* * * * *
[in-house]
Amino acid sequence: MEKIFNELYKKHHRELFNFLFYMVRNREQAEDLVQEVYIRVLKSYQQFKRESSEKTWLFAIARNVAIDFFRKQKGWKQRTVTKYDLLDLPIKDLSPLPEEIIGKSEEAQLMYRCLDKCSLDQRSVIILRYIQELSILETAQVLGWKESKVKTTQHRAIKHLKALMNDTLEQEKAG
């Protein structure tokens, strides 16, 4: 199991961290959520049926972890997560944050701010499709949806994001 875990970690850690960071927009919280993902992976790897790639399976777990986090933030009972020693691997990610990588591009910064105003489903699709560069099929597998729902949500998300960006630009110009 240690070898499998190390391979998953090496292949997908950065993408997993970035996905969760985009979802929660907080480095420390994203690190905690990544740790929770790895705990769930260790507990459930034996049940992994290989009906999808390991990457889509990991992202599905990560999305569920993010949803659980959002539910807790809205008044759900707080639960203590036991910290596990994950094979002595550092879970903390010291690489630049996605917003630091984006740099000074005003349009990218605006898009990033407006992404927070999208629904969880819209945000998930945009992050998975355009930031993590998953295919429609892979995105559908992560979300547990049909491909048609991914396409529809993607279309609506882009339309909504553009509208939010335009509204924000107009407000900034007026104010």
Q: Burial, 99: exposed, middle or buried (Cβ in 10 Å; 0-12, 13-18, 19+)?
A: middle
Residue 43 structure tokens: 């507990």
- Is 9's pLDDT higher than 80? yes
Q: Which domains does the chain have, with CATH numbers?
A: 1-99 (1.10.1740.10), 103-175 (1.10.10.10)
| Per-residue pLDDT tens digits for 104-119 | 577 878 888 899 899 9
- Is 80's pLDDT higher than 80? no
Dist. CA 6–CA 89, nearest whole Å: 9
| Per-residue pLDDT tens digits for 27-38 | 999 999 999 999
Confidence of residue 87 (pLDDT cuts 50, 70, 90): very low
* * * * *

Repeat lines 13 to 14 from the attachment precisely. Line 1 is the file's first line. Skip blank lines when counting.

| Per-residue pLDDT tens digits for 27-38 | 999 999 999 999
Confidence of residue 87 (pLDDT cuts 50, 70, 90): very low